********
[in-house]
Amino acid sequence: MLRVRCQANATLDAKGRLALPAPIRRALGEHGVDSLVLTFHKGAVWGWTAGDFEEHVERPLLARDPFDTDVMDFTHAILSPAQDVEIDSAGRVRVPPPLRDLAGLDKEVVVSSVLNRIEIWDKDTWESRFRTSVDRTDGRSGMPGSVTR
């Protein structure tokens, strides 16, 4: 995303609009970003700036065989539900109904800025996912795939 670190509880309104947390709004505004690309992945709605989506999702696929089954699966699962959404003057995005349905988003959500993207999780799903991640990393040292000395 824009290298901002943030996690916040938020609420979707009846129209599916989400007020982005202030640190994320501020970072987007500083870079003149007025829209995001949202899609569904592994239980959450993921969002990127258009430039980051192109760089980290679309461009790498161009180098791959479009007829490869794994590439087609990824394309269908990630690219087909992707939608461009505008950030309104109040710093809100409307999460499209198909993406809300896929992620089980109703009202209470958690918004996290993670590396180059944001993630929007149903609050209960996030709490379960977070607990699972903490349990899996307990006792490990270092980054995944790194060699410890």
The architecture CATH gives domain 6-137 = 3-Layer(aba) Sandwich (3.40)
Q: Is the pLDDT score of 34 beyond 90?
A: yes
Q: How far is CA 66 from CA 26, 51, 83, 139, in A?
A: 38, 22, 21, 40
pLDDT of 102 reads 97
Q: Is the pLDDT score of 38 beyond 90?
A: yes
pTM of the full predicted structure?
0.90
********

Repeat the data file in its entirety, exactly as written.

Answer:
[in-house]
Amino acid sequence: MLRVRCQANATLDAKGRLALPAPIRRALGEHGVDSLVLTFHKGAVWGWTAGDFEEHVERPLLARDPFDTDVMDFTHAILSPAQDVEIDSAGRVRVPPPLRDLAGLDKEVVVSSVLNRIEIWDKDTWESRFRTSVDRTDGRSGMPGSVTR
């Protein structure tokens, strides 16, 4: 995303609009970003700036065989539900109904800025996912795939 670190509880309104947390709004505004690309992945709605989506999702696929089954699966699962959404003057995005349905988003959500993207999780799903991640990393040292000395 824009290298901002943030996690916040938020609420979707009846129209599916989400007020982005202030640190994320501020970072987007500083870079003149007025829209995001949202899609569904592994239980959450993921969002990127258009430039980051192109760089980290679309461009790498161009180098791959479009007829490869794994590439087609990824394309269908990630690219087909992707939608461009505008950030309104109040710093809100409307999460499209198909993406809300896929992620089980109703009202209470958690918004996290993670590396180059944001993630929007149903609050209960996030709490379960977070607990699972903490349990899996307990006792490990270092980054995944790194060699410890």
The architecture CATH gives domain 6-137 = 3-Layer(aba) Sandwich (3.40)
Q: Is the pLDDT score of 34 beyond 90?
A: yes
Q: How far is CA 66 from CA 26, 51, 83, 139, in A?
A: 38, 22, 21, 40
pLDDT of 102 reads 97
Q: Is the pLDDT score of 38 beyond 90?
A: yes
pTM of the full predicted structure?
0.90